As illustrated in FIG. 7d, the switching controller 123 provides a signal at a high level to the third switch M21 and the fourth switch M22 of the inverter 122. This way, the third switch M21 of the inverter 122 is turned off and the fourth switch M22 of the inverter 122 is turned on.

Therefore, as a current through the second inductor L21 decreases, a voltage across the second inductor L21 of the inverter 122 is inverted and applied to the second capacitor C21 through the fourth switch M22. That is, the voltage across the second inductor L21 is inverted and charged in the second capacitor C21. Furthermore, the fourth switch M22 and the second capacitor C21 output a negative power voltage (ELVSS) to the organic light emitting display panel.

FIG. 8 is a circuit diagram illustrating another operation of the DC-DC converter.

As illustrated in FIG. 8, a disable signal may be input to the enable terminal Ena, which is electrically coupled to the switching controller 123. For example, in order to completely stop the operation of the organic light emitting display 100, a disable signal may be input to the enable terminal (Ena). Thereafter, the switching controller 123 outputs a signal at a high level to the second switch M12 of the boost converter 121 and outputs a signal at a low level to the fourth switch M22 of the inverter 122. Accordingly, the second switch M12 of the boost converter 121 and the fourth switch M22 of the inverter 122 are turned off.

Therefore, the power supply provided from the power supplier 110 is not provided to the organic light emitting display panel through the second switch M12 and the fourth switch M22. In other words, the DC-DC converter is truly shut down. Accordingly, it is possible to reduce the overall power consumption of the organic light emitting display and to decrease the deterioration of the organic light emitting display.

FIGS. 9a to 9b are graphs illustrating waveforms of a positive power voltage and a negative power voltage output from the DC-DC converter. Here, FIG. 9a shows a waveform of the voltage input to the second switch M12 but not supplied to the first capacitor C11, and FIG. 9b shows a waveform of the voltage input to the fourth switch M22 but not supplied to the second capacitor C21. Substantially, the positive power voltage (ELVDD) to be applied to the organic light emitting display panel is an approximately smooth direct current voltage because the voltage is stored in the first capacitor C11 and the negative power voltage (ELVSS) is an approximately smooth direct current voltage because the voltage is stored in the second capacitor C21.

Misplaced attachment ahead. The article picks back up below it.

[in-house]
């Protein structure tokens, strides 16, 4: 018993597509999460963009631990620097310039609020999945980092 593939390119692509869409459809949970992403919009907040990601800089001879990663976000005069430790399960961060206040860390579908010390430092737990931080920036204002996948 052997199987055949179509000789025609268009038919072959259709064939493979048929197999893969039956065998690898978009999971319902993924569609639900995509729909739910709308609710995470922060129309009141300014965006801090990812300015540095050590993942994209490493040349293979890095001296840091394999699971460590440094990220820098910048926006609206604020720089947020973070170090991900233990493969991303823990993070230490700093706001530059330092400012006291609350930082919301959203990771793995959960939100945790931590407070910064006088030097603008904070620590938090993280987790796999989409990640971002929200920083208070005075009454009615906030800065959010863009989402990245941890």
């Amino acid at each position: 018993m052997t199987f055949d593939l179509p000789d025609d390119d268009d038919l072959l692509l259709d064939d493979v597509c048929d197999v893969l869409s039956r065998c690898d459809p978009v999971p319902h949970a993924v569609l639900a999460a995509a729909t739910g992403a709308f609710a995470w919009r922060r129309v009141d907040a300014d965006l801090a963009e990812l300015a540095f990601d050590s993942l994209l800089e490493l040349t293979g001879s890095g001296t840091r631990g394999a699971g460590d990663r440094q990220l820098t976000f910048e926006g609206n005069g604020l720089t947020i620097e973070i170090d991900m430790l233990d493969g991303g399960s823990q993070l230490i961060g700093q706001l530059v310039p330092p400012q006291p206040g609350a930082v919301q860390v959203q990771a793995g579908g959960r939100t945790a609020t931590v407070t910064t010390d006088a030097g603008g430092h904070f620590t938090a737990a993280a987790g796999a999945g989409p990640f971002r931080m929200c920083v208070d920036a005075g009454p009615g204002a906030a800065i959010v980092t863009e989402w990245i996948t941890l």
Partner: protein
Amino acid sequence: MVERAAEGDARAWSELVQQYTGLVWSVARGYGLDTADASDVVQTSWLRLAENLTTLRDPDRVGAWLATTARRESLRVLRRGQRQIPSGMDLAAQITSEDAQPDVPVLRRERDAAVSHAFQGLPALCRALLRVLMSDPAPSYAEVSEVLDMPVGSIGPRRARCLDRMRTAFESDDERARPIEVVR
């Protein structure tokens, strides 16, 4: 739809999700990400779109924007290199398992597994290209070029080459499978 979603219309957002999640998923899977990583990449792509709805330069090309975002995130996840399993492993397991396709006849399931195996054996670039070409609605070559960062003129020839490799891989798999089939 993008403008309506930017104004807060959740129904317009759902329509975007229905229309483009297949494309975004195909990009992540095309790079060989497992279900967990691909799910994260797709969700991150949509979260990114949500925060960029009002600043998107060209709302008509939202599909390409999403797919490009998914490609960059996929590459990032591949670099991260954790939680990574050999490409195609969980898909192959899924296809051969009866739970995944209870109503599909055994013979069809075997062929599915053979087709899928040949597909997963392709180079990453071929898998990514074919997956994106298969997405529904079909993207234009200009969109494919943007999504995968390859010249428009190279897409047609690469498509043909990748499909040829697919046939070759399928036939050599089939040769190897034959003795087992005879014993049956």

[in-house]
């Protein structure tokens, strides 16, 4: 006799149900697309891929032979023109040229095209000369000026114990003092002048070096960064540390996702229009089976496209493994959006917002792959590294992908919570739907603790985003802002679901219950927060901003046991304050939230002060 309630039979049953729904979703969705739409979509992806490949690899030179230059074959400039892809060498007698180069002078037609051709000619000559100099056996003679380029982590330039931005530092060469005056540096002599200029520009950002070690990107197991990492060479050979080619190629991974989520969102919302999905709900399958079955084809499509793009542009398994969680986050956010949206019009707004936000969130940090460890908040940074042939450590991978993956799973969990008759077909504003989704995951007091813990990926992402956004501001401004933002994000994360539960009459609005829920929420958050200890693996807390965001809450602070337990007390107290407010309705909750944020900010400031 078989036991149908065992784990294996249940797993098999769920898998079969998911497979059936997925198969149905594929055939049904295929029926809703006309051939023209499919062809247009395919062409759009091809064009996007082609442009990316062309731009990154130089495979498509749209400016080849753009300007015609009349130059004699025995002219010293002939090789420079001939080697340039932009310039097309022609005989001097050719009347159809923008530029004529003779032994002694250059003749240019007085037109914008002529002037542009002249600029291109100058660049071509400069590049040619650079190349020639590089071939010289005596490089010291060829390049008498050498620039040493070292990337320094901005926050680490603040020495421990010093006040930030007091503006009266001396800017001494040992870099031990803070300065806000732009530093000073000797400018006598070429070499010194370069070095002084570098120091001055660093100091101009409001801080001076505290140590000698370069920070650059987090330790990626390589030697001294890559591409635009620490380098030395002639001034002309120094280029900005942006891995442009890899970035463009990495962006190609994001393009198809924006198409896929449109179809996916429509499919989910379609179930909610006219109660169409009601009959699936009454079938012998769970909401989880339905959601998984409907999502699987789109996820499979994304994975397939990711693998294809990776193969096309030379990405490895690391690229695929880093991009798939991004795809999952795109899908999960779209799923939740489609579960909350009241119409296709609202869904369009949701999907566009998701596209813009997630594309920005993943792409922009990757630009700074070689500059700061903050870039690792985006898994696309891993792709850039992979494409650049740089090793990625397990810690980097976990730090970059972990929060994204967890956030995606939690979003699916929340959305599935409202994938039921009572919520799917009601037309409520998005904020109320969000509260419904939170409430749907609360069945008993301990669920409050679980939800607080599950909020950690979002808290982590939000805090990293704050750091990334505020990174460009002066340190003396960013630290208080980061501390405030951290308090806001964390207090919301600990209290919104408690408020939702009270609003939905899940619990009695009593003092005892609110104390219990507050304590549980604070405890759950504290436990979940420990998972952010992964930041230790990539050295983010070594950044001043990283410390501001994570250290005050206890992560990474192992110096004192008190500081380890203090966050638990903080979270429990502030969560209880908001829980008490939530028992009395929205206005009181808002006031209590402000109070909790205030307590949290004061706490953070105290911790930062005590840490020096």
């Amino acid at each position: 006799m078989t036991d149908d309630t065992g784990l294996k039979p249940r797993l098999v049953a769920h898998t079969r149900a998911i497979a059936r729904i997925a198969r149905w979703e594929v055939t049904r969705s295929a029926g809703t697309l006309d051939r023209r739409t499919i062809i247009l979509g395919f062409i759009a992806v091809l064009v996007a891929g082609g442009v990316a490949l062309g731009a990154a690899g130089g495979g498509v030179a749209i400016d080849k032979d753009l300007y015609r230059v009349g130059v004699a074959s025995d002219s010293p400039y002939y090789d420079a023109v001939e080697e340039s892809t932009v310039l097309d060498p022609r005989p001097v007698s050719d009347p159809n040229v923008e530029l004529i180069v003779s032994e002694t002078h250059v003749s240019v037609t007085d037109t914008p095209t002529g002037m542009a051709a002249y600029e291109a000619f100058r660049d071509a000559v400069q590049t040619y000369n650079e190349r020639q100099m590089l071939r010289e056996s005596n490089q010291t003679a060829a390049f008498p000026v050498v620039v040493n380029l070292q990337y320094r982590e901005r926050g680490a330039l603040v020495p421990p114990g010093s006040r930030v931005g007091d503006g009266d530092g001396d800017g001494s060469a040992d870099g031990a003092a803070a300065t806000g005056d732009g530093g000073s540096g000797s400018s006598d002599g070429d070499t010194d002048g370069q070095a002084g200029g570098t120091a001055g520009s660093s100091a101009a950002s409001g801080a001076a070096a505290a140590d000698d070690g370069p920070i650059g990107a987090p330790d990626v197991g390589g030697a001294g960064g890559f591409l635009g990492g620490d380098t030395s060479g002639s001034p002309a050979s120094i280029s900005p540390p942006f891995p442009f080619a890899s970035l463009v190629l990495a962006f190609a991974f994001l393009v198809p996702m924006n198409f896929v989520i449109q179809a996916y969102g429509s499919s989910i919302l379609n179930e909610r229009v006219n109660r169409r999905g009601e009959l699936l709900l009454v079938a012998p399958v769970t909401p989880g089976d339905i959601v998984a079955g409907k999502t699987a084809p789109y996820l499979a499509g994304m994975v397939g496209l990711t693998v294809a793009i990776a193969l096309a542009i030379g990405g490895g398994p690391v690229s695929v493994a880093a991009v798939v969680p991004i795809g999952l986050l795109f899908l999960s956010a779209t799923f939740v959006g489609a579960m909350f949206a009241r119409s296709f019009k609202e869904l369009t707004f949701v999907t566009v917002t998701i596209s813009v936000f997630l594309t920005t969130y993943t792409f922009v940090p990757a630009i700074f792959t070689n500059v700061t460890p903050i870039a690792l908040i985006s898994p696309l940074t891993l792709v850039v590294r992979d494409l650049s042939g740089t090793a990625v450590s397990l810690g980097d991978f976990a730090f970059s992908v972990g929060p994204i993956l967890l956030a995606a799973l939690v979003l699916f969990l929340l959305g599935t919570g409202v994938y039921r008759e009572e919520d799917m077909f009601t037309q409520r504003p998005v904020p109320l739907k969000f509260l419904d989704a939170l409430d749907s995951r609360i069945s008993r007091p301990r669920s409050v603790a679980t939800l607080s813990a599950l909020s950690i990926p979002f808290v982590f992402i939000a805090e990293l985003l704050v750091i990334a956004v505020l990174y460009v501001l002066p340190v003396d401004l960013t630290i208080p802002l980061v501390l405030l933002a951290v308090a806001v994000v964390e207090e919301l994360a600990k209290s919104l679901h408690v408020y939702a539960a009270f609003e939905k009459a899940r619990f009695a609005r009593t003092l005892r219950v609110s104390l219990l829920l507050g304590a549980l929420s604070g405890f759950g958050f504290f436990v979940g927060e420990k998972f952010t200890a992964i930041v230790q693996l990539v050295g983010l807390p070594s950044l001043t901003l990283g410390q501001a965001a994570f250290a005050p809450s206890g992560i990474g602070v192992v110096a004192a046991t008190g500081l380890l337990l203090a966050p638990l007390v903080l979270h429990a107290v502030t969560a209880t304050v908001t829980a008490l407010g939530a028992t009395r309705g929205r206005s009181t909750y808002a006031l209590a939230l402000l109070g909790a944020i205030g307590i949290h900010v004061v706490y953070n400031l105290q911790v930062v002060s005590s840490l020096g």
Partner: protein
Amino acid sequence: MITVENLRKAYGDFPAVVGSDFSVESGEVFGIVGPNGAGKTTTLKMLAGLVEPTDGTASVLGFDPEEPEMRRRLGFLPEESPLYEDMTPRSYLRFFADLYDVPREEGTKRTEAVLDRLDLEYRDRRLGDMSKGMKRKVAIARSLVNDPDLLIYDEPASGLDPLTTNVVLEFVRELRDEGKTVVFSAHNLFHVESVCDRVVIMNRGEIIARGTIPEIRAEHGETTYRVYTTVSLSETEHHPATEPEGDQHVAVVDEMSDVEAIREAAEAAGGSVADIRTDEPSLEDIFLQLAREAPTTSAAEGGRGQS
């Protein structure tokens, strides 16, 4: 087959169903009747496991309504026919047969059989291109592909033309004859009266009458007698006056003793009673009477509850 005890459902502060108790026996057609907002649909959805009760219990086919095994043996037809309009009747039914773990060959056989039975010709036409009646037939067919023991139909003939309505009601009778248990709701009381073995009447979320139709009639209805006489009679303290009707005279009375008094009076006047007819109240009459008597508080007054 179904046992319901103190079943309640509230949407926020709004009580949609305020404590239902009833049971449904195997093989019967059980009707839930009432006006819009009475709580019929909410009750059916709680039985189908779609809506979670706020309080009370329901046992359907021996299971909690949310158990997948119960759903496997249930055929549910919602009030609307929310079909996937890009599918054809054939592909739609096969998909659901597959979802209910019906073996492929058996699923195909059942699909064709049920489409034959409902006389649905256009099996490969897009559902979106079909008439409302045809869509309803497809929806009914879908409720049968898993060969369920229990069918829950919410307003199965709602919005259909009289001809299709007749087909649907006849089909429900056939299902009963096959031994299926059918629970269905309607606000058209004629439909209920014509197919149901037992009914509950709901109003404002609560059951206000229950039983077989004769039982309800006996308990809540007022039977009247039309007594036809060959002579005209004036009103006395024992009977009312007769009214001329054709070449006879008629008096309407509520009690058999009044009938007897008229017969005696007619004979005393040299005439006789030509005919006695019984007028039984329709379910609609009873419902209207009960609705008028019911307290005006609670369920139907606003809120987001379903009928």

First, as illustrated in FIG. 9a, when the first switch M11 of the boost converter 121 is turned off, the positive power voltage (ELVDD) stored in the first inductor L11 is output. Here, the positive power voltage (ELVDD) may be obtained by using the following Equation 1.


(ELVDD)=Vin/(1−D) Equation 1

Here, reference symbol Vin denotes an input voltage applied from the power supplier 110 and reference symbol D denotes the duty cycle.

Next, as illustrated in FIG. 9b, when the third switch M21 of the inverter 122 is turned off, the negative power voltage (ELVSS) stored in the second inductor L21 is output. Here, the negative power voltage (ELVSS) may be obtained by using following Equation 2.


(ELVSS)=(D*Vin)/(1−D) Equation 2

As described above, the negative power voltage (ELVSS) is determined by using Equation 2. In particular, in the range of D>0.5, the absolute value of the negative power voltage (ELVSS) is larger than the input voltage Vin and in the range of D<0.5, the absolute value of the negative power voltage (ELVSS) is smaller than the input voltage Vin. In an exemplary embodiment according to the invention, the P-channel transistor is adopted in the inverter 122 and the duty cycle is controlled to be larger than 0.5. Therefore, the negative power voltage (ELVSS) having an absolute value larger than the input value is output. In other words, if it is assumed that a desired negative power voltage (ELVSS) is approximately −6V, the inverter 122 raises an input voltage from approximately 3V to 6V, inverts the input voltage into the negative power voltage (ELVSS), and outputs the inverted voltage.

Therefore, according to this embodiment of the invention, the freewheel diode from a conventional DC-DC converter may be replaced with a switch having a low voltage drop. Therefore, it is possible to provide a DC-DC converter having lower power consumption.

Further, according to an embodiment of the invention, it is possible to supply a light-weight and small size DC-DC converter by integrating the freewheel diode with a switching controller while replacing the freewheel diode with the switch.

Further, according to an embodiment of the invention, it is possible to supply a DC-DC converter which is truly shut down by using a switch in a boost converter and a switch in an inverter, which function as the freewheel diode, to be turned off when the switching controller does not operate.

While the present invention has been described in connection with certain exemplary embodiments, it is to be understood that the invention is not limited to the disclosed embodiments, but, on the contrary, is intended to cover various modifications and equivalent arrangements included within the spirit and scope of the appended claims, and equivalents thereof.